Ohio State’s Climate Change Outreach Team, whose members include CFAES scientists, presents a webinar on “Climate Change and Harmful Algal Blooms in Lake Erie” from noon to 1 p.m. today. Get details and register here. (Photo: Algal bloom in Lake Erie at Point Pelee by Tom Archer, Michigan Sea Grant.)
A 3-year-old Chicago boy may have been attacked by coyotes, say news reports by the city’s ABC, NBC and CBS affiliates. CFAES scientist Stan Gehrt talks about the growing number of urban coyotes, the risk they may pose to people and his ongoing 13-year study of Chicago’s coyotes in a new video (1:31.) (Previous related post.)
Cats that live outdoors in the city do their darnedest to steer clear of urban coyotes, says a new study led by CFAES scientist Stan Gehrt. The cats cause less damage to wildlife in urban green spaces, such as city parks and nature preserves, because of that dodging, the study suggests. And they live longer and are healthier than previously thought. Read the story …
What are we willing to give up to improve the environment? Michigan State University’s Robert Richardson looks at one example when he presents “Understanding Household Tradeoffs Regarding Pineapple Production and Environmental Management in Costa Rica” from 4-5:30 p.m. today, Nov. 14, in 103 Kottman Hall, 2021 Coffey Road, at Ohio State in Columbus and by video link to 123 Williams Hall, on the Wooster campus of CFAES’s research arm, OARDC, 1680 Madison Ave. The findings of his study, he says, have implications for policy decisions that aim to reflect public attitudes.
Today’s Environmental Science Student Symposium is in full swing, says Molly Bean of CFAES’s School of Environment and Natural Resources, who shared this shot at 10:30 a.m. The event features 632 poster presentations by Ohio State students. It goes to 3 p.m. in Columbus. Free admission. Everyone’s welcome.
Here’s a word cloud showing the most common words in the titles of the 632 presentations scheduled for Tuesday’s (Nov. 12) Environmental Science Student Symposium:
Ohio State’s second annual Environmental Science Student Symposium, which features 632 presentations by students in ENR 2100, an introductory course taught by CFAES’s School of Environment and Natural Resources, goes from 9 a.m. to 3 p.m. Tuesday, Nov. 12, in Columbus. Details about the program are on the school’s website. Check out the lineup of topics (pdf). It’s fascinating. Amazing. Encouraging. (Also: This.) (Photo: SENR.)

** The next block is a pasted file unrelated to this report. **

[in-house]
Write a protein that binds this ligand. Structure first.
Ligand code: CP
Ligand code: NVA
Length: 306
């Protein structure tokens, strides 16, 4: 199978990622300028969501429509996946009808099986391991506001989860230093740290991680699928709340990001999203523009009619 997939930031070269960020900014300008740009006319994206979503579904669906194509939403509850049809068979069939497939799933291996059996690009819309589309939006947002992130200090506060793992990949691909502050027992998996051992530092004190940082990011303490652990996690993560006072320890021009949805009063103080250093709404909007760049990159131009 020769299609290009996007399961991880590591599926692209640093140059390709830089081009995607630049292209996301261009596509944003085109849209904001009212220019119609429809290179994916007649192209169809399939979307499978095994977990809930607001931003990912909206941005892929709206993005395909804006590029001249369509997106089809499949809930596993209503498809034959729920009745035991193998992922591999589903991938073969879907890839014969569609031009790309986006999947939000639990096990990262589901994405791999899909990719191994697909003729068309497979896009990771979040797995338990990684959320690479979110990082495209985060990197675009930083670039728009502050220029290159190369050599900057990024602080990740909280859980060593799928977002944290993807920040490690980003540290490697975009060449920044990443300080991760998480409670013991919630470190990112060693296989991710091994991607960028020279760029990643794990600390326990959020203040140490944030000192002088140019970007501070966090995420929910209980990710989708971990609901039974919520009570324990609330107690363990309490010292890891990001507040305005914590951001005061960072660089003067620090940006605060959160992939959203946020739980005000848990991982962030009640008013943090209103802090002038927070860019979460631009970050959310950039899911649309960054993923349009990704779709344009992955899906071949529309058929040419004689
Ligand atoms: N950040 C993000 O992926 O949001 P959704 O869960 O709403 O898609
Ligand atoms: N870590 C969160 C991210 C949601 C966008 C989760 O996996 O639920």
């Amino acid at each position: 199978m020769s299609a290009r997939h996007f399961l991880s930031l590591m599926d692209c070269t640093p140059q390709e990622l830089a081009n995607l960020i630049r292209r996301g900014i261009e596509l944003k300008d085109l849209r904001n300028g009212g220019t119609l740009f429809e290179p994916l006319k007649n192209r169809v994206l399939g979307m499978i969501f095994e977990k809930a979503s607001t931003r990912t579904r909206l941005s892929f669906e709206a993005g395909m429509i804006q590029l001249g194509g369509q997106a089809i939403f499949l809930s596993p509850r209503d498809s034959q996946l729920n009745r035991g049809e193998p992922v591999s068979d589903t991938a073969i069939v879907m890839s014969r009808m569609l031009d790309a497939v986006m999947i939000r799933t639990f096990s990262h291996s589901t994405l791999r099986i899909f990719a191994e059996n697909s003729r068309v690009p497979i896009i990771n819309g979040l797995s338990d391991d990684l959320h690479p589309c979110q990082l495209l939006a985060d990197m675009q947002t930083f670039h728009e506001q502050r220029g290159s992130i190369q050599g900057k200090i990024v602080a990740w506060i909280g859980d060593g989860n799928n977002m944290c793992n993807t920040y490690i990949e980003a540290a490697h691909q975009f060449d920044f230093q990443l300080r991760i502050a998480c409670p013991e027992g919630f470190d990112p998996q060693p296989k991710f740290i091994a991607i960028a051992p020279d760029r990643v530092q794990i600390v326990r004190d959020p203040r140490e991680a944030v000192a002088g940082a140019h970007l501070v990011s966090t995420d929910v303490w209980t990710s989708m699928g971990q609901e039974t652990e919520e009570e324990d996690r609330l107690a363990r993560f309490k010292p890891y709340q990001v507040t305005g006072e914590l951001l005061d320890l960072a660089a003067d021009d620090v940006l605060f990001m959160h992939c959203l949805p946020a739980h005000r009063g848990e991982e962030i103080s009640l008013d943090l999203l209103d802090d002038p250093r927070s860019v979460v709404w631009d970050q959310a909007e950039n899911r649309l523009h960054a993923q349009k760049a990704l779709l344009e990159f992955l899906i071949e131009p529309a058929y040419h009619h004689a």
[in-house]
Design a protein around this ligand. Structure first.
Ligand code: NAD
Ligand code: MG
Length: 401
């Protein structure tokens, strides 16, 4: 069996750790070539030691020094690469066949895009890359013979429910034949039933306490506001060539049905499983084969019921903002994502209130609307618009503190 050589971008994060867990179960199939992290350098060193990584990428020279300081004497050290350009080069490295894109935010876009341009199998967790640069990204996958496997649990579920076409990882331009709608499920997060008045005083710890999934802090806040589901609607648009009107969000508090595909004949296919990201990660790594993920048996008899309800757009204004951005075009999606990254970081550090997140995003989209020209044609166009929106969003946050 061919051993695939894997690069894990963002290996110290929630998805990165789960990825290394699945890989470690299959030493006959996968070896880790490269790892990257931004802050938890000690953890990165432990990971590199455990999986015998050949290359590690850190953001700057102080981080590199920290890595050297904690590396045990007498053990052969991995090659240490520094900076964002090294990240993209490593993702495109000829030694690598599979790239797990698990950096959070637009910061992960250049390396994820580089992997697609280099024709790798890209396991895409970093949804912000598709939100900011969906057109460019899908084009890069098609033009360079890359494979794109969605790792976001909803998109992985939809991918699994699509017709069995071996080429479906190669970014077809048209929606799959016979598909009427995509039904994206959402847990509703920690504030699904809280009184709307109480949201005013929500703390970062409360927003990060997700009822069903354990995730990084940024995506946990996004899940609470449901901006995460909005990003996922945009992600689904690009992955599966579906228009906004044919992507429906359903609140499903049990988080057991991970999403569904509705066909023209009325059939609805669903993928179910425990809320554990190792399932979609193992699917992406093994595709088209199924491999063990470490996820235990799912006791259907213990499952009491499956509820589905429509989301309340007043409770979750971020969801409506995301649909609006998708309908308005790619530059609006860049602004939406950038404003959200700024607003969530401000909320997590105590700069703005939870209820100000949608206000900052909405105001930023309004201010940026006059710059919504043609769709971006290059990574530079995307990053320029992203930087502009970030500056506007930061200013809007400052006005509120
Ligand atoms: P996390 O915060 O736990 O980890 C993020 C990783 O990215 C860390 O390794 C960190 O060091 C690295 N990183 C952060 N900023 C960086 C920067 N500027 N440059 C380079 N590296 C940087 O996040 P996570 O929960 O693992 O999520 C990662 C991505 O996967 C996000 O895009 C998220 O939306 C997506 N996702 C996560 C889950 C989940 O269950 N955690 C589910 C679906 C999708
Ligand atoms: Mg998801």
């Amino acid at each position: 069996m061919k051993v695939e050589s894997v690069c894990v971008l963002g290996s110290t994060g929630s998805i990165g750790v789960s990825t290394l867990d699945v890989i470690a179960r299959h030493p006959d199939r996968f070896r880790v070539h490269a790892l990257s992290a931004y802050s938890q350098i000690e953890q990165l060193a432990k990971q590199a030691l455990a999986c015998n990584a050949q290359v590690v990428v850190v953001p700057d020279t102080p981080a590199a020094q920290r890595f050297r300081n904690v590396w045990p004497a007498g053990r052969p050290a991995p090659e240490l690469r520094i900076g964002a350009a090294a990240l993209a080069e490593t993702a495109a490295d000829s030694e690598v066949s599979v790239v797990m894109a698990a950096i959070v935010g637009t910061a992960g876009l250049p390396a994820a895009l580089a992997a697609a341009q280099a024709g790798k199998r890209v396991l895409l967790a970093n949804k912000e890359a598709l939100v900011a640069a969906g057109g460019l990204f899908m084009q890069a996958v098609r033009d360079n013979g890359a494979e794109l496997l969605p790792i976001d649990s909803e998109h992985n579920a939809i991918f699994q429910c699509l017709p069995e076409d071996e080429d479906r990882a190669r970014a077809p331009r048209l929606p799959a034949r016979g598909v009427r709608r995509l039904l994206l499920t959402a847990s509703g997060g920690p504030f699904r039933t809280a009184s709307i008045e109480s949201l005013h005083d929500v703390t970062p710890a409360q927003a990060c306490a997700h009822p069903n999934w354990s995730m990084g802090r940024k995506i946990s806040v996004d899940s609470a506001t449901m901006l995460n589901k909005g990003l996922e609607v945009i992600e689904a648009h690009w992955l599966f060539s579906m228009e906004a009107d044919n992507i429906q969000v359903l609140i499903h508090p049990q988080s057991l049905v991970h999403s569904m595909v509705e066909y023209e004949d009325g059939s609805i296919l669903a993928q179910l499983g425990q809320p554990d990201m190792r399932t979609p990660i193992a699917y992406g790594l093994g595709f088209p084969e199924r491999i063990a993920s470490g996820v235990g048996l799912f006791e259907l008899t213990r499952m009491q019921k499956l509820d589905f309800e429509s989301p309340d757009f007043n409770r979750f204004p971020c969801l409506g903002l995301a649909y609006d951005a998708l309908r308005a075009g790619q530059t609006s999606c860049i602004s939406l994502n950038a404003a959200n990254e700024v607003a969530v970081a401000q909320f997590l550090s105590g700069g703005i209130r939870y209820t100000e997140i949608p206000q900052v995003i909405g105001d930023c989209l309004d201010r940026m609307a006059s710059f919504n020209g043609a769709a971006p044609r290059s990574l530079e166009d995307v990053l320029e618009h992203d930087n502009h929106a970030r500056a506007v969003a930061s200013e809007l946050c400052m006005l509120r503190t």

Steven Lowe writes in the following:
“I’m a 20-year employee of the city of Columbus, Department of Public Utilities, Watershed Management Section. I’m currently responsible for land stewardship around the three drinking water reservoirs owned by the city of Columbus, and I’m also a non-traditional student in (CFAES’s) School of Environment and Natural Resources.
“Prior to attending my ENR 3400 lecture this morning, I came across the following article, ‘Ohio State Scientists Work to Bring Back the Bobwhite,’ and thought you might find my recent observation interesting. Monday morning, while conducting a shoreline restoration project at O’Shaughnessy Reservoir, I observed a covey of very healthy (plump) quail on the shoreline of the reservoir just east of 5701 Dublin Road.
“My observations were from a distance of several feet as they held pretty tight before busting out for parts unknown. … I haven’t seen a wild quail in the area in over 20 years.”
The northern bobwhite “is a sensitive indicator of ecosystem health in openlands,” says CFAES scientist Bob Gates in that article. “(It’s) just one species in a guild of edge-dependent federal trust species that depend on early successional habitats that are disappearing from much of the eastern U.S.” (Photo: Northern bobwhites by Steve Maslowski, USFWS.)
Ohio State hosts “Situating Food: Planning and Design for New Urban Food Systems” Friday and Saturday, Nov. 8-9, in Knowlton Hall in Columbus. The symposium “will identify models and foster innovation along with criticism of issues that impact food security, food justice, production, access and cultural awareness, especially as they influence trends in urban revitalization.” One of the sponsors is CFAES. CFAES’s Yael Vodovotz speaks Saturday on functional foods. (Photo: USDA.)